Photosensitive polyimide is used as the photosensitive resin in this example.

Polyol polyisocyanate is used as the foaming agent and a silicon system foam settling agent such as dimethyl polysiloxane or dimethyl polyoxy alkylene copolymer is used as the foam settling agent.

Upon mixing, the foaming agent reacts and carbonic acid gas is generated. The generated carbonic acid gas is captured in a uniform and stable manner throughout the resin due to the effects of the foam settling agent. This results in production of resin 15 having numerous cavities 16 within. This resin is coated all over the upper surface of the LSI chip 11 to the thickness of 10 to 30 um by means of a spin coat method, as shown in FIG. 2(b). Then, the resin 15 is cured at around 80° C.

As shown in FIG. 2(c), a low melting point metal layer 17 comprised of indium and the like is formed by deposition over the resin 15 to the thickness of 0.8 to 1.5 um. Then all of the low melting point metal layer 17 is etched off except for the places corresponding to the aluminum electrodes 12 and the barrier-metal layers 14.

Then, ultraviolet rays 18 are irradiated on the resin surface with the low melting point metal layer 17 serving as a mask, as shown in FIG. 2(d).

As shown in FIG. 2(e), the resin 15 remains only on the aluminum electrode 12 and the barrier-metal layer 14 after development in a development solution.

After this step, as shown in FIG. 2(f), the resin 15 is cured. At the same time the low melting point metal layer 17 is molten to cover the entire surface of the resin bumps 15 when subjected to a heat treatment at around 300° C.

Accordingly, bump electrodes 10 are obtained, each having a resin bump 15 with numerous cavities 16 disposed within and with the surface thereof coated with a low melting point metal layer 17.

FIG. 2 describes how bump electrodes are formed on aluminum electrodes on an LSI chip. The bump electrodes can also be formed by the same method on patterning electrodes of a circuit board.

This is illustrated in FIG. 3.

First, as shown in FIG. 3(a), resin 15 with cavities 16 disposed within, as was described in FIG. 2, is coated over patterning electrodes 52 formed on a circuit board 51 by means of a spin-coat method to the thickness of 10 to 30 um. Then, as shown in FIG. 3(b), a low melting point layer 17 is formed over resin layer 15 at places above the patterning electrodes 52 and corresponding to where aluminum electrodes of an LSI chip are located.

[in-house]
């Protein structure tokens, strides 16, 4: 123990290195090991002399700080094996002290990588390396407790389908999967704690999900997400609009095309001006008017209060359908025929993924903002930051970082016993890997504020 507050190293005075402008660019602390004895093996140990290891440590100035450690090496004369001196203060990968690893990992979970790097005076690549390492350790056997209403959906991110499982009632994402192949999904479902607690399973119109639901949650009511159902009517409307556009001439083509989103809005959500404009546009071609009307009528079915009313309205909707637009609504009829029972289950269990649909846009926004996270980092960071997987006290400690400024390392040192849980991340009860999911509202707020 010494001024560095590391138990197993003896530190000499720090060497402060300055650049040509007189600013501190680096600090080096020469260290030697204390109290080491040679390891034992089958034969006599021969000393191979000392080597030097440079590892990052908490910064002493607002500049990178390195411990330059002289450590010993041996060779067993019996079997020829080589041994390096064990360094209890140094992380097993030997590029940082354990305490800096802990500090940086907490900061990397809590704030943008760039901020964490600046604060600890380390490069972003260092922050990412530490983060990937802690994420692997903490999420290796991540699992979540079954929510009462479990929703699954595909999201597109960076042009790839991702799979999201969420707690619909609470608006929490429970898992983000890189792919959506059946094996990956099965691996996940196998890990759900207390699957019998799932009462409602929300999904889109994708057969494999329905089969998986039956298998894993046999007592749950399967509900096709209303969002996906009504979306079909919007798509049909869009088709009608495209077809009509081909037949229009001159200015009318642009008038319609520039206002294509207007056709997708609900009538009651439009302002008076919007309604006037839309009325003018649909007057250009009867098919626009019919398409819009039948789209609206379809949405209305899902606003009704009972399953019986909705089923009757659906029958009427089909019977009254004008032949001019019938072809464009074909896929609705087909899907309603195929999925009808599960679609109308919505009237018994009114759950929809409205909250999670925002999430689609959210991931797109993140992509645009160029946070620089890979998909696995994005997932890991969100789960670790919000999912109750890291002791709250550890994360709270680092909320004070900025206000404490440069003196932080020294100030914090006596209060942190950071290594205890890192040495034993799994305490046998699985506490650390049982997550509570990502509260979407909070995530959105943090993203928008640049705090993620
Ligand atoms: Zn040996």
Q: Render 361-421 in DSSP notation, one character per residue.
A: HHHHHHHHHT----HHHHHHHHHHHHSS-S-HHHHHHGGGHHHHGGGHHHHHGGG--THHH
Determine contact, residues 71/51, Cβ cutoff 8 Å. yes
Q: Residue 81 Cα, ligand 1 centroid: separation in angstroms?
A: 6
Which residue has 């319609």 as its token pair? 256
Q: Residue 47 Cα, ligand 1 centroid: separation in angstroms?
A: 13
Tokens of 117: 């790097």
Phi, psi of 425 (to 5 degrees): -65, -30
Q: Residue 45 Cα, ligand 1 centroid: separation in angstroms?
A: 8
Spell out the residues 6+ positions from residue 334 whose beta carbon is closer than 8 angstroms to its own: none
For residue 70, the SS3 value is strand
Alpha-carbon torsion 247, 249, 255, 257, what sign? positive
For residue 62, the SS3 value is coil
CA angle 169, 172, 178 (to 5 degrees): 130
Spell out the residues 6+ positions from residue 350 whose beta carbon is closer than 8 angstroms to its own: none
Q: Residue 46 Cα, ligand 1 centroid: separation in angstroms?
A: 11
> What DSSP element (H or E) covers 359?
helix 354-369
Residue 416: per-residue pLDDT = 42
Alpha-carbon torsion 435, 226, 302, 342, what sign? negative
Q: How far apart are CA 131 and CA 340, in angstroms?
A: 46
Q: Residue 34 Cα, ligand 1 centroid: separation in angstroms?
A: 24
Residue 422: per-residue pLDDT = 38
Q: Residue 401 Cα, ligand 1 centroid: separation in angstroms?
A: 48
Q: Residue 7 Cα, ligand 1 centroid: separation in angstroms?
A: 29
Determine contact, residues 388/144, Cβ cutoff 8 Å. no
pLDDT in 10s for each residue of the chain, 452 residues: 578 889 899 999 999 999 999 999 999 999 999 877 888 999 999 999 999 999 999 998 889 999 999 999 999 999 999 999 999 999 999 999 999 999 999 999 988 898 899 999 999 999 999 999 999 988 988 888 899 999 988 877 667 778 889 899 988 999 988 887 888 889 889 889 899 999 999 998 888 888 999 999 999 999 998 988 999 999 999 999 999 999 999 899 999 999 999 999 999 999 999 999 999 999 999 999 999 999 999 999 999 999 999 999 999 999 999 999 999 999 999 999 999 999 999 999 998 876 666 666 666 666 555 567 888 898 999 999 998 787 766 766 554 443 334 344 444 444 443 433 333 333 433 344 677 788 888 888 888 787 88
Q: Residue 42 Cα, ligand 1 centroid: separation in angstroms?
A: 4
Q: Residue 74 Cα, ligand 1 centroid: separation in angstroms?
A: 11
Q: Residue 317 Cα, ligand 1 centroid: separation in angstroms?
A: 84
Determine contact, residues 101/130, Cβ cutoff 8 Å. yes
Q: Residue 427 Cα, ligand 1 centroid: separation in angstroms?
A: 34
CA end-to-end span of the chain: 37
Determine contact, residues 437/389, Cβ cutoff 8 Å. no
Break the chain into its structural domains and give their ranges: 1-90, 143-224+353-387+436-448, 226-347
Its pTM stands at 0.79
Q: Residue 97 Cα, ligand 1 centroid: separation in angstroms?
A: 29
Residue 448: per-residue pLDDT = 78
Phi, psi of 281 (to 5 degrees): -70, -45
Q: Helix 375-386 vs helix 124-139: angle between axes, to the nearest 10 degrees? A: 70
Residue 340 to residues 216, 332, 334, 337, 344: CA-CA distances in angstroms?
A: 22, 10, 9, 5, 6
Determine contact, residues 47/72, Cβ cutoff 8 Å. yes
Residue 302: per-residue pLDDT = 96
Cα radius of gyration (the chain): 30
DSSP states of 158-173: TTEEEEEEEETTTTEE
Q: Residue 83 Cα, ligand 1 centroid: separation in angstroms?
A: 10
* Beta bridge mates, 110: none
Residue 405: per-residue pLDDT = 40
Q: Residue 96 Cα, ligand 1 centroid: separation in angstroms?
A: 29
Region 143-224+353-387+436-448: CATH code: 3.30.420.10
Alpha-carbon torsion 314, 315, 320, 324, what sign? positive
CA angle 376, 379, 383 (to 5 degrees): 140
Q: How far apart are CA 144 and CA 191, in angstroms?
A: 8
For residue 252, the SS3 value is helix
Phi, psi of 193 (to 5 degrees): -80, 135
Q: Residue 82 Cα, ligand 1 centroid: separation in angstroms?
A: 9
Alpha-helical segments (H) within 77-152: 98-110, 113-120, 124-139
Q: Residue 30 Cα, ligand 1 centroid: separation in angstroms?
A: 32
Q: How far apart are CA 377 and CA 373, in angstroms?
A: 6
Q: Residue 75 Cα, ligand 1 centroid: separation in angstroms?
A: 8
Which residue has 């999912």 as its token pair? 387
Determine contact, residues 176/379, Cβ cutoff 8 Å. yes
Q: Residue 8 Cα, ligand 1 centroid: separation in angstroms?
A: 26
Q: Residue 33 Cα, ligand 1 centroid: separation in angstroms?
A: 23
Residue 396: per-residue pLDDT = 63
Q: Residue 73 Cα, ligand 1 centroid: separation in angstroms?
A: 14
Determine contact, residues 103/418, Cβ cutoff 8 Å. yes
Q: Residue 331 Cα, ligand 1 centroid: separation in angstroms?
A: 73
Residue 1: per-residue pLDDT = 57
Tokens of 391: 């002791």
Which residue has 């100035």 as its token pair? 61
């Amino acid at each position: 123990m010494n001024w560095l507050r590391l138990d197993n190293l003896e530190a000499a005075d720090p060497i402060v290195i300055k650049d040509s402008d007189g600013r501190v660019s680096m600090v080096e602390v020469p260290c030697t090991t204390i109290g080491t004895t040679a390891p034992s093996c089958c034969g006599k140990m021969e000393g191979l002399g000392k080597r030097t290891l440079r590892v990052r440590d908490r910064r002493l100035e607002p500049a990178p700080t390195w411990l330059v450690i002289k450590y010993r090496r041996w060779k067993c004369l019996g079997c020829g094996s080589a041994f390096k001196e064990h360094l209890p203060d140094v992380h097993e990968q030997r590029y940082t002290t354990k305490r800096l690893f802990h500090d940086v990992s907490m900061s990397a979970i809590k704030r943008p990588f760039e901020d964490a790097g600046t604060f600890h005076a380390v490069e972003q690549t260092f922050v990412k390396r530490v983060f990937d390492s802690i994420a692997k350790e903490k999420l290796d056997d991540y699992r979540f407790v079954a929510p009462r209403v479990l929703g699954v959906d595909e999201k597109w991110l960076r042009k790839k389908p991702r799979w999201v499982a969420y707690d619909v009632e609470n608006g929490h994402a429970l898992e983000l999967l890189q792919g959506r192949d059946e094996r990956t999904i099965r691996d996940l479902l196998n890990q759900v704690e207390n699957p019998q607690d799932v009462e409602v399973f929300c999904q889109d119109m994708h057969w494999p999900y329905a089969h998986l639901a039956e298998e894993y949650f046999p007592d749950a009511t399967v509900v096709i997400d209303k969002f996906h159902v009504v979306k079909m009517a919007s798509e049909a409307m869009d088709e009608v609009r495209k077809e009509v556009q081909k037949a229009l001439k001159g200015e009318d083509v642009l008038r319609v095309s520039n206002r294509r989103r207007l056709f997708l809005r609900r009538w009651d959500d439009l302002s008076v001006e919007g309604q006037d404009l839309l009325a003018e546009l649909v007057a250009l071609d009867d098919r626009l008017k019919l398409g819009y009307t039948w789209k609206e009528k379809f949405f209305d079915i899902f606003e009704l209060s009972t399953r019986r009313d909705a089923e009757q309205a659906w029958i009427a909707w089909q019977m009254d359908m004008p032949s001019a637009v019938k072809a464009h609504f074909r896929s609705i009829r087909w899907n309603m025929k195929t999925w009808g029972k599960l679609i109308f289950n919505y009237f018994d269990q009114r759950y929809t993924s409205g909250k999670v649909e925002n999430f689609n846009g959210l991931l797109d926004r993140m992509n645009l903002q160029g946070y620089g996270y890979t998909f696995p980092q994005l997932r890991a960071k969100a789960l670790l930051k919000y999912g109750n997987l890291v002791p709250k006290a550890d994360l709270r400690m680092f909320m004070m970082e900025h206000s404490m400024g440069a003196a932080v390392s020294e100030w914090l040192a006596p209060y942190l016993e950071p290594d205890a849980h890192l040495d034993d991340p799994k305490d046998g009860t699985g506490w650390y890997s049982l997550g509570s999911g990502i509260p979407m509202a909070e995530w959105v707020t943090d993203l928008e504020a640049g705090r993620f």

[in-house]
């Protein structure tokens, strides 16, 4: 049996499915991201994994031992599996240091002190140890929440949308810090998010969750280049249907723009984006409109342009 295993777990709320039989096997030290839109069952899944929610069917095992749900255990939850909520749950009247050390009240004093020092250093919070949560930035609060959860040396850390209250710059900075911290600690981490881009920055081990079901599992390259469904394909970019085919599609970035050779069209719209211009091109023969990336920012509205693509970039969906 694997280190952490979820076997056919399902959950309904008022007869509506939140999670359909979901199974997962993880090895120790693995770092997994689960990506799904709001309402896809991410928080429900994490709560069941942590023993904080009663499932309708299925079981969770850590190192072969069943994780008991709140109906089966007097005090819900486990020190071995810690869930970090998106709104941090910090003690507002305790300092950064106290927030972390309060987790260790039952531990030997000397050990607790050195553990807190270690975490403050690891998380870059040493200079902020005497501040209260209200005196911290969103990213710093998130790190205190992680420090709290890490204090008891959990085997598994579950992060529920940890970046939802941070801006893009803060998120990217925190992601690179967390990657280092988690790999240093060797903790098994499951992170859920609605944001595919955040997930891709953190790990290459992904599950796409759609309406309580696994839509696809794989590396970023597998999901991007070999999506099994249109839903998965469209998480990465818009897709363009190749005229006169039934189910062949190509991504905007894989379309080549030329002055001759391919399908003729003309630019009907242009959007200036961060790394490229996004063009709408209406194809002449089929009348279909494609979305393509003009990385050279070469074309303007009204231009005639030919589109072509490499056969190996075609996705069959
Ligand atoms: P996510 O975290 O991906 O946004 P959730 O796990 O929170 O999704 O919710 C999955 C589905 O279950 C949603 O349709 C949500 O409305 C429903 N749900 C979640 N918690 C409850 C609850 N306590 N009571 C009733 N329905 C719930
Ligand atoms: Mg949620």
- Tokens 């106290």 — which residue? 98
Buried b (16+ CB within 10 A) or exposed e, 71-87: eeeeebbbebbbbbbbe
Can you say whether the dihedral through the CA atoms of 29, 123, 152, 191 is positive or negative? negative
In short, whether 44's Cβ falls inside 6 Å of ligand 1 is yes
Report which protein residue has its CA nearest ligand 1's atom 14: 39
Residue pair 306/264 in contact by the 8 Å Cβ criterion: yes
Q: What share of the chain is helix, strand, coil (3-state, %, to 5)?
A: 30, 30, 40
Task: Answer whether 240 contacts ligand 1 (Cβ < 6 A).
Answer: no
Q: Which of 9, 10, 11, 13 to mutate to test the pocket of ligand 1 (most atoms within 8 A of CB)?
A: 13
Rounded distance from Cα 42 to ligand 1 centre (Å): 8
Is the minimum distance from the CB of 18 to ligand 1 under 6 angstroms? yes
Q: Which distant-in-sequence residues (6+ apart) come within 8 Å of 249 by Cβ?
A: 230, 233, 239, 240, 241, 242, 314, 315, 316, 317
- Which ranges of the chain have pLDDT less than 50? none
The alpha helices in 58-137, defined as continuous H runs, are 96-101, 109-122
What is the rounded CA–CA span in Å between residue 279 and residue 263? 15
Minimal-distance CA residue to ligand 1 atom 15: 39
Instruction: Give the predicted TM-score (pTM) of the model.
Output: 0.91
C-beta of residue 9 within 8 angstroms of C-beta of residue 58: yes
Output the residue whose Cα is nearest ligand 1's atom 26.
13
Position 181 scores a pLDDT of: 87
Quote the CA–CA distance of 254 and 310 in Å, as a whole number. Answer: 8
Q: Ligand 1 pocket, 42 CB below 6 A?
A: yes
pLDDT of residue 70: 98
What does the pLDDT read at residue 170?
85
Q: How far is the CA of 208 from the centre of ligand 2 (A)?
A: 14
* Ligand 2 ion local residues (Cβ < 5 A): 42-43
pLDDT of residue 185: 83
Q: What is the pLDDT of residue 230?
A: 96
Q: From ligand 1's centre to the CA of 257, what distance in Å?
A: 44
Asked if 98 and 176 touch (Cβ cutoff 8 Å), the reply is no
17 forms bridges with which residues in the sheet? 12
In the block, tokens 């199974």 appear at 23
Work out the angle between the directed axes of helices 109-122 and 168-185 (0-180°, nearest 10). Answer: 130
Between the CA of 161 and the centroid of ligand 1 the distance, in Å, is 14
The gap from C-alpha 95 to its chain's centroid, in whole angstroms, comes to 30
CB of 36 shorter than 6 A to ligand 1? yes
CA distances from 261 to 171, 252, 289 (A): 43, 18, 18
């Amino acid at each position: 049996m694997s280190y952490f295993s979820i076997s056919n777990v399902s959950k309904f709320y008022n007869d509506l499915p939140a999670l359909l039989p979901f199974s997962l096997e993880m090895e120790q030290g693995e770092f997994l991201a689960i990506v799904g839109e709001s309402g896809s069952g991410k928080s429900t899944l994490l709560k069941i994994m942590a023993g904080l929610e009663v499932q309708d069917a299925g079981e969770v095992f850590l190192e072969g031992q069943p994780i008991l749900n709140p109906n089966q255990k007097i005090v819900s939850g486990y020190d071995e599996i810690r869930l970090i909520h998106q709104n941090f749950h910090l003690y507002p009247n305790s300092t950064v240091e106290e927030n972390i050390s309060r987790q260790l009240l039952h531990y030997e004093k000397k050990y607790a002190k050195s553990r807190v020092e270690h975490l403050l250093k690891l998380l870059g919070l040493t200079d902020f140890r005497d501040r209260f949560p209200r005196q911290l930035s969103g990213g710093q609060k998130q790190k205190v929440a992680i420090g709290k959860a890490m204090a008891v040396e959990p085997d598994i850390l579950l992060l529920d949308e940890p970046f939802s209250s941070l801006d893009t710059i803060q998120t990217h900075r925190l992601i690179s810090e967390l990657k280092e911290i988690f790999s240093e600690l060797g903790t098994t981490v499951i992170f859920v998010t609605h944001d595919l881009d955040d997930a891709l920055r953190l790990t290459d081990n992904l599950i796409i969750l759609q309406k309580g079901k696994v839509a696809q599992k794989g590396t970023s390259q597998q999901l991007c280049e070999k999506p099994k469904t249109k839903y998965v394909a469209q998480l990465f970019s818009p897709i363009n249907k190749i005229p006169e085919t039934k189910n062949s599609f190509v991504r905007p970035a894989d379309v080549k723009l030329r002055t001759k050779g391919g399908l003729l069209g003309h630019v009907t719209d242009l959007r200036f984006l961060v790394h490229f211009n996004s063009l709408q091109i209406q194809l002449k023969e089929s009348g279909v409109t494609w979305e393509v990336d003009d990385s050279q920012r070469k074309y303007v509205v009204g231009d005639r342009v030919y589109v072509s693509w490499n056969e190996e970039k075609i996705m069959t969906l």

Low melting point metal layer 17 is formed as explained in FIG. 2

Next, as shown in FIG. 3(c), ultraviolet rays 18 are irradiated on the resin layer with the low melting point metal layer 17 used as a mask.

As shown in FIG. 3(d), the resin bumps 15 remain after development in a developing solution on the patterning electrodes 52 and at the places corresponding to where the aluminum electrodes of the LSI chip are located.

After this step, as shown in FIG. 3(e), the resin bumps 15 are cured. At the same time the low melting point metal layers 17 are molten to cover the entire surface of the resin bumps 15 when subjected to a heat treatment at around 300° C.

In this way, bump electrodes 10, each having a resin bump 15 with numerous cavities 16 disposed within and with the surface thereof coated with a low melting point metal layer 17, are formed on a circuit board 51.

As another method of forming the bump electrodes 10 of the aforementioned composition on the aluminum electrodes 12, there is a method wherein the bump electrodes only are formed on a separate substrate and then moved onto the aluminum electrodes by means of a transfer method. This method is illustrated in FIG. 4.

First, bump electrodes 10 are formed on a glass substrate 41 at places corresponding to where aluminum electrodes 12 of an LSI chip 11 are located according to the same steps as were illustrated in FIG. 2.

Then, as shown in FIG. 4(b), the bump electrodes 10 formed on the glass substrate 41 are aligned with the aluminum electrodes 12 of the LSI chip 11 and joined with aluminum electrodes 12 through application of heat and a pressing force applied by means of a pressure application tool 42, as illustrated in FIG. 4(c).

At this time, the temperature of the pressure application tool 42 ranges from 300° to 400° C. and the pressing force ranges from 10 to 20 g/bump.

As illustrated in FIG. 4(d), transfer of the bump electrodes 10 onto the aluminum electrodes 12 is completed when the pressure application tool 42 is removed.

Thus, a metallic bump electrode 10 having a composition wherein cavities 16 are disposed in a resin bump 15 can be formed on an aluminum electrode 12 of an LSI chip 11.

FIG. 5 illustrates how an LSI chip having bump electrodes 10 is connected to a circuit board.

First, as shown in FIG. 5(a), a light setting insulation resin 53 is coated over a circuit board 51 having patterning electrodes 52 in the areas where LSI chips are mounted. The circuit board 51 is comprised of glass or ceramics and the light setting insulation resin 53 is comprised of a resin of epoxy system, acrylic system, silicon system or the like.